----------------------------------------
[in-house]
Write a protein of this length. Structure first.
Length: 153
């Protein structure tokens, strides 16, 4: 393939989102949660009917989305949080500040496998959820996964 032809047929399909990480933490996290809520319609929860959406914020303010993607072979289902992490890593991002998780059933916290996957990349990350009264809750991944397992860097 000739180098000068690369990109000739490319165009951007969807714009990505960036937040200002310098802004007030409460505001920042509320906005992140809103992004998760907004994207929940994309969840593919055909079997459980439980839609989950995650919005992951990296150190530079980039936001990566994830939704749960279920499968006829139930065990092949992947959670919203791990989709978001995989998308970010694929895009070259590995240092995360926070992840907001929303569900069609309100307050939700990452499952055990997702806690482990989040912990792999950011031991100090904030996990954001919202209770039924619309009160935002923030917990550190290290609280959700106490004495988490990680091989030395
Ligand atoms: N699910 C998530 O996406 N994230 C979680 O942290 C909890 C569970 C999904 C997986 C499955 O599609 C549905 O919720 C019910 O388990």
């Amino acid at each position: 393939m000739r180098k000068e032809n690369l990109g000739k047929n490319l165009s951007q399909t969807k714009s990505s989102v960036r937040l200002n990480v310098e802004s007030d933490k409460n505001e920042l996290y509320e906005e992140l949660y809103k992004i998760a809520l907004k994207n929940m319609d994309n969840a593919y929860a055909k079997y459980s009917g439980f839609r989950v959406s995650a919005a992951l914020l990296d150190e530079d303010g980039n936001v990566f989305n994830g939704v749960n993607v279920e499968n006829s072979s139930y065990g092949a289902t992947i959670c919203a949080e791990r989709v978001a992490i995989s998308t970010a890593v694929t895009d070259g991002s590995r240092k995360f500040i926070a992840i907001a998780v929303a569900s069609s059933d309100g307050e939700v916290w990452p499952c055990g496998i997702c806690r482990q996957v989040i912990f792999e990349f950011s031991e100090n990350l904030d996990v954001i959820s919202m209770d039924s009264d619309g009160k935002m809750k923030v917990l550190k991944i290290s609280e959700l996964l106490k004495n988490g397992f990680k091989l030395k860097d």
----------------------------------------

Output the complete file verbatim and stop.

[in-house]
Write a protein of this length. Structure first.
Length: 153
């Protein structure tokens, strides 16, 4: 393939989102949660009917989305949080500040496998959820996964 032809047929399909990480933490996290809520319609929860959406914020303010993607072979289902992490890593991002998780059933916290996957990349990350009264809750991944397992860097 000739180098000068690369990109000739490319165009951007969807714009990505960036937040200002310098802004007030409460505001920042509320906005992140809103992004998760907004994207929940994309969840593919055909079997459980439980839609989950995650919005992951990296150190530079980039936001990566994830939704749960279920499968006829139930065990092949992947959670919203791990989709978001995989998308970010694929895009070259590995240092995360926070992840907001929303569900069609309100307050939700990452499952055990997702806690482990989040912990792999950011031991100090904030996990954001919202209770039924619309009160935002923030917990550190290290609280959700106490004495988490990680091989030395
Ligand atoms: N699910 C998530 O996406 N994230 C979680 O942290 C909890 C569970 C999904 C997986 C499955 O599609 C549905 O919720 C019910 O388990």
């Amino acid at each position: 393939m000739r180098k000068e032809n690369l990109g000739k047929n490319l165009s951007q399909t969807k714009s990505s989102v960036r937040l200002n990480v310098e802004s007030d933490k409460n505001e920042l996290y509320e906005e992140l949660y809103k992004i998760a809520l907004k994207n929940m319609d994309n969840a593919y929860a055909k079997y459980s009917g439980f839609r989950v959406s995650a919005a992951l914020l990296d150190e530079d303010g980039n936001v990566f989305n994830g939704v749960n993607v279920e499968n006829s072979s139930y065990g092949a289902t992947i959670c919203a949080e791990r989709v978001a992490i995989s998308t970010a890593v694929t895009d070259g991002s590995r240092k995360f500040i926070a992840i907001a998780v929303a569900s069609s059933d309100g307050e939700v916290w990452p499952c055990g496998i997702c806690r482990q996957v989040i912990f792999e990349f950011s031991e100090n990350l904030d996990v954001i959820s919202m209770d039924s009264d619309g009160k935002m809750k923030v917990l550190k991944i290290s609280e959700l996964l106490k004495n988490g397992f990680k091989l030395k860097d």